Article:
A **photon sphere** is a spherical region of space where gravity is strong enough that photons are forced to travel in orbits. The radius of the photon sphere, which is also the lower bound for any stable orbit, is:

which is one and half times the Schwarzschild radius.

This equation entails that photon spheres can only exist in the space surrounding an extremely compact object (a black hole or possibly a neutron star).

As photons travel near the event horizon of a black hole they can escape being pulled in by the gravity of a black hole by traveling at a nearly vertical direction known as an exit cone. A photon on the boundary of this cone will not completely escape the gravity of the black hole. Instead it orbits the black hole. These orbits are not stable.

The photon sphere is located farther from the center of a black hole than the event horizon and ergosphere. Within a photon sphere it is possible to imagine a photon that starts at the back of your head and orbits around a black hole only then be seen by your eyes. For non-rotating black holes, the photon sphere is a sphere of radius 3/2 *R*_{s}, where *R*_{s} denotes the Schwarzschild radius (the radius of the event horizon) - see below for a derivation of this result. There are no stable free fall orbits that exist within or cross the photon sphere. Any free fall orbit that crosses it from the outside spirals into the black hole. Any orbit that crosses it from the inside escapes to infinity. No unaccelerated orbit with a semi-major axis less than this distance is possible, but within the photon sphere, a constant acceleration will allow a spacecraft or probe to hover above the event horizon.

A rotating black hole has two photon spheres. As a black hole rotates, it drags space with it. The photon sphere that is closer to the black hole is moving in the same direction as the rotation, whereas the photon sphere further away is moving against it. The greater the angular velocity of the rotation of a black hole the greater distance between the two photon spheres. Since the black hole has an axis of rotation, this only holds true if approaching the black hole in the direction of the equator. If approaching at a different angle, such as one from the poles of the black hole to the equator, there is only one photon sphere. This is because approaching at this angle the possibility of traveling with or against the rotation does not exist.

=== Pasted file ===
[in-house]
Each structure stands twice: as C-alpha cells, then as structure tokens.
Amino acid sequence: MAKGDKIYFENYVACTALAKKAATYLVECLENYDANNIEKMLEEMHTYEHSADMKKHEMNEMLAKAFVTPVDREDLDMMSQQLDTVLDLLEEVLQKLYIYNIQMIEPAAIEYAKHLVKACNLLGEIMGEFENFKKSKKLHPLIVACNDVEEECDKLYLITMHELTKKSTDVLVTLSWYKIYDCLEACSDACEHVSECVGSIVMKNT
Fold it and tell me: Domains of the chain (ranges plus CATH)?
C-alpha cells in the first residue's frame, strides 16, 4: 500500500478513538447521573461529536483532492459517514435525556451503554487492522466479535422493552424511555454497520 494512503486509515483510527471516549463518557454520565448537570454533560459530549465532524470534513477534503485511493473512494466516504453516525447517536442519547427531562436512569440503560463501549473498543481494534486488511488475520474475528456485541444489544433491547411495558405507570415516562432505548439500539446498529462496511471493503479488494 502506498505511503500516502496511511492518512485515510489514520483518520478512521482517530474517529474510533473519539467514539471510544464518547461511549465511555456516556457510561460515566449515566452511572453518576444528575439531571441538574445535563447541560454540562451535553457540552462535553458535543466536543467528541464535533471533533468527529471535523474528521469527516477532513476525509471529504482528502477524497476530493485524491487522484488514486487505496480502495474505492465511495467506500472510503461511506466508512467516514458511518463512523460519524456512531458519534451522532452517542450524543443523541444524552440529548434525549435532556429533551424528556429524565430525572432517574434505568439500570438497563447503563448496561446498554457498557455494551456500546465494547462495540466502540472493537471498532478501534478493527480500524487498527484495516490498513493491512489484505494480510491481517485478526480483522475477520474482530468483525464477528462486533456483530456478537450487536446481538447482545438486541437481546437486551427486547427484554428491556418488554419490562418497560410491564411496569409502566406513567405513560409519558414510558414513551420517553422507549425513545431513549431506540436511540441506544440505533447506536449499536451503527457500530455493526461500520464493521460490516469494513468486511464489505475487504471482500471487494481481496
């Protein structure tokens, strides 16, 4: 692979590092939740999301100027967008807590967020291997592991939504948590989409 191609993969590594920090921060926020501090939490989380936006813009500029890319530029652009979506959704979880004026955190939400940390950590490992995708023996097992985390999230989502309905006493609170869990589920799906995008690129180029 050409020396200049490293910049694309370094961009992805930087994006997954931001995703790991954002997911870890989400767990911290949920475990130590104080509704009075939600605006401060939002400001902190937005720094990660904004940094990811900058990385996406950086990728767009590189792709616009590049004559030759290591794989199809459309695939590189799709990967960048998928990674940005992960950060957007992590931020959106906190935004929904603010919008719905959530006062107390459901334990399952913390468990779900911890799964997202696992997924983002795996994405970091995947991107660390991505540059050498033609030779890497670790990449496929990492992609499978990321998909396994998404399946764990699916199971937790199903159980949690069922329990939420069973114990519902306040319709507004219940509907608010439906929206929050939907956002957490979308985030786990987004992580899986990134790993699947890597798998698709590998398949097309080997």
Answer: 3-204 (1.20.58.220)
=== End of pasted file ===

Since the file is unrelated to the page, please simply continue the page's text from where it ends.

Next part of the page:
Read more about Photon Sphere: Derivation For A Schwarzschild Black Hole, Spherical Photon Orbits Around A Kerr Black Hole, References

### Other articles related to "photon sphere, photons, sphere":

**Photon Sphere**

... The

**photon sphere**is a spherical boundary of zero thickness such that

**photons**moving along tangents to the

**sphere**will be trapped in a circular orbit ... For non-rotating black holes, the

**photon sphere**has a radius 1.5 times the Schwarzschild radius ... While light can still escape from inside the

**photon sphere**, any light that crosses the

**photon sphere**on an inbound trajectory will be captured by the black hole ...

### Famous quotes containing the word sphere:

“If today there is a proper American “*sphere* of influence” it is this fragile *sphere* called earth upon which all men live and share a common fate—a *sphere* where our influence must be for peace and justice.”

—Hubert H. Humphrey (1911–1978)